Cruising the Dardanelles

Day whatever? Cruising with no shore excursion gives a chance to rest, but more opportunity to eat and drink too much.

7:30am saw me on an exercise bike in the gym for, (the first time, and a little much needed 30-minute workout.

The weath20160422_090740 (2)er continues to be kind to us and when pulling back the curtains this morning the sun is blinding, which means we are sailing generally southwards along the Turkish coast; destination Rhodes tomorrow morning. A check on the “location app” on our big screen confirms that we are in fact sailing southwest (203.12o) at 12 knots.

Yesterday was our Best of Istanbul 8-hour excursion around the old city. This little town, now with some 15 million inhabitants, has had a long and chequered history. It played a significant role in the history of Christianity from the Roman times of Emperor Constantine and then was the capital for the Ottoman empire when a hereditary line of 36 sultans ruled for over 400 years. Turkey today is a modern secular society in which the separation of religion (Islam) from government appears to provide a good model in a country that spans Europe and Asia, western and middle eastern, cultures.

P1050379 (2)Our city tour was another history lesson starting at the ancient Egyptian obelisk in the Hippodrome. It continued to the Blue Mosque and St Sophia museum, which started life as the biggest church in the world, before being converted into a mosque and finally to the current museum. Then on to the Topkapi Palace sitting within 70 acres majestically overlooking the Bosphorus and the city, with its Moslem and Christian relics and jewels showing another side of the history of the region. Our last stop was the Grand Bazaar where every type of clothing, jewellery and souvenirs are available and bargaining is compulsory.

Our tour guide on the bus was a quite lovely lady who said we could call her Ashley. She ensured that we were organised, well informed about all the historic points of interest along the way and where the best photos could be taken. We learned that it was a poor tourist season in Istanbul with numbers way down, for rather obvious reasons. We also learned later that, unknown to us, we had additional security personnel following our tour bus to keep an eye on our safety. A Holland America line initiative.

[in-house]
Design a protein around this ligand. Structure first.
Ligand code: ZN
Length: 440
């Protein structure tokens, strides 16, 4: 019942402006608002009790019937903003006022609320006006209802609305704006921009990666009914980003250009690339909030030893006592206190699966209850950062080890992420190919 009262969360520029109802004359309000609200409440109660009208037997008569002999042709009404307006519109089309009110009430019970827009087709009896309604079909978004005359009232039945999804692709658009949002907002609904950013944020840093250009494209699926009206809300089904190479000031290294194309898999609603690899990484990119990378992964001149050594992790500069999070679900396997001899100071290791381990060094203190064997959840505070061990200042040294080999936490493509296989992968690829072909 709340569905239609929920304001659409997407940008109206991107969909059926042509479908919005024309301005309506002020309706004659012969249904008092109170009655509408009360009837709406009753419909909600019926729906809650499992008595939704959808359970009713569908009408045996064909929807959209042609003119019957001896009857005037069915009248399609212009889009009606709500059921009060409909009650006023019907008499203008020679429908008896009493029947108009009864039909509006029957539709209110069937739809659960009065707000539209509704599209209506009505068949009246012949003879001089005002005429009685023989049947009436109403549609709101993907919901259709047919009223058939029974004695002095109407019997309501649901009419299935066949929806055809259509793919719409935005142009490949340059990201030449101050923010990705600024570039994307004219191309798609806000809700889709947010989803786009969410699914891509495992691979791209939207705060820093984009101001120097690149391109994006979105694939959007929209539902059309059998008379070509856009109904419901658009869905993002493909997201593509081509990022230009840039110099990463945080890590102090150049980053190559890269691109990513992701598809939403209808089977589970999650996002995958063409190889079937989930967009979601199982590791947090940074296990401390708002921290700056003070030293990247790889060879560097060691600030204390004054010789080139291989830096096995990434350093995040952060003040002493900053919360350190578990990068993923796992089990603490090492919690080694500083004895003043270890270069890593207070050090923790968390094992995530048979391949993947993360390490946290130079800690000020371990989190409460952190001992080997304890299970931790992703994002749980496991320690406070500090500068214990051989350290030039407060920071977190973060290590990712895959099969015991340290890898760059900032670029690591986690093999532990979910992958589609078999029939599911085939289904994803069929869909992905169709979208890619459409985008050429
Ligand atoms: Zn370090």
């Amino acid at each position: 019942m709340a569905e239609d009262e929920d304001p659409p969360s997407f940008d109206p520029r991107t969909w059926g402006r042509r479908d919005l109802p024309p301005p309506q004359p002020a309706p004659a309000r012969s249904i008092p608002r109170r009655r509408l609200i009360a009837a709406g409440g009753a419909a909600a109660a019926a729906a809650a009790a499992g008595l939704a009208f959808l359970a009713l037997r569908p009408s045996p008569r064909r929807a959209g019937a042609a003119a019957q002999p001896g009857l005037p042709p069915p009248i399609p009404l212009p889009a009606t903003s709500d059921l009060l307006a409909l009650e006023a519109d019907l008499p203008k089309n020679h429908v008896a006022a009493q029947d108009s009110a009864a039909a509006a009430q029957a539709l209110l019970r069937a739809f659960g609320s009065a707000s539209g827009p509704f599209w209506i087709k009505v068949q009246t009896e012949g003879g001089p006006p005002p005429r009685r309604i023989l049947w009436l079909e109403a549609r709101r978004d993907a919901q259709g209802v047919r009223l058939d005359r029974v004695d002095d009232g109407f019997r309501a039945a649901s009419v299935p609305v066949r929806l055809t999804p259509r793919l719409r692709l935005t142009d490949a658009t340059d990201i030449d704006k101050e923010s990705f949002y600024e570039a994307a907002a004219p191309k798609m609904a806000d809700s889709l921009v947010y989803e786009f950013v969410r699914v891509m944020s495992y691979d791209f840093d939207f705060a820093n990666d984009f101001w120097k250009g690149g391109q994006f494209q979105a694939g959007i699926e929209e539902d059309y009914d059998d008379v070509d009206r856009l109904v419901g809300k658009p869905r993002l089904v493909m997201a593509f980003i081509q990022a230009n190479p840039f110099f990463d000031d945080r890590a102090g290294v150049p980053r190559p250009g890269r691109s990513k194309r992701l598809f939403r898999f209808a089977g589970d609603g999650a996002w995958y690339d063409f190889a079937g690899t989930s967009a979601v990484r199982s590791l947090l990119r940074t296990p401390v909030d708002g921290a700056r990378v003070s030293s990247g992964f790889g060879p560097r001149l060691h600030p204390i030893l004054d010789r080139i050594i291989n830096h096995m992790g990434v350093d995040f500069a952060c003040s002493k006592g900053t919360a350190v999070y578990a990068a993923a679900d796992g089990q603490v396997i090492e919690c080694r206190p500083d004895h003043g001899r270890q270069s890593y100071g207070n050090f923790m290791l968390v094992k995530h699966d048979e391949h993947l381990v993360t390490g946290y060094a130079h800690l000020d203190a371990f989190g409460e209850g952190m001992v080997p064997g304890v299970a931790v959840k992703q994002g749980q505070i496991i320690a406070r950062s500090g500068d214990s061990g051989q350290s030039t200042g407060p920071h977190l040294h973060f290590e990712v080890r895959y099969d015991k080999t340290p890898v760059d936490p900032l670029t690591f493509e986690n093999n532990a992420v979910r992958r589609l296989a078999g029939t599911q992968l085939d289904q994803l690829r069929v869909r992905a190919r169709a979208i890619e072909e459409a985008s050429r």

From my deck chair, the sun has almost completely retreated west over the ship so it must be lunchtime. The day is still wonderfully sunny. The one metre swell with its occasional white tops does nothing to disturb the calmness of the ship’s passage and the fresh salty air is both relaxing and invigorating in the soft breeze.

Koningsdam – Day 5

P1050128 (2) (640x480)I think it is day 5 or our 12-day cruise – I must check, but does it really matter?

The Koningsdam is a brand new ship having been launched in February and only one its second voyage. It is proving to be most comfortable. Looking out from my balcony deck chair the water surface of the Dardanelles is glassy with no wind to even ripple that surface. In fact, we have been lucky with the weather all cruise but today is not quite as good and forecast to only get to 24oC.

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We passed Anzac Cove about 5:30 this morning but being too dark there was little to see. Next stop is Istanbul this evening and we plan to see some of that great city tomorrow.

Our first port of call out of Rome was Olympia and then Athens and Cape Sounion, and Kusadasi and Ephesus yesterday. We have learnt a lot more about the ancient Greek and Roman. The design and scale of the buildings they erected, the engineering for water supply and sewerage systems, not to mentions the artistic craftsmanship is truly awe inspiring.

Turkey was also their stomping ground because the Turks only arrived from the east many hundreds of years later after these and the Byzantine empires. We expect to see example of all these eras in Istanbul.

 

 

3 Days in the Eternal City

The arrival of our small group of five in bella Roma was most welcomed by all. The twenty-two hours of flying from Sydney to Europe is always trying even for those of us who had the benefit of business class (some of us experiencing this for the first time) but there was also some pleasure and relaxation.

We had only three days here so where do we start? For the visitor, Rome is all about history either old or ancient and it is everywhere one looks. It reminds us of the length of its history and I am somewhat embarrassed by my lack of knowledge of it which probably lessened my appreciation and understanding.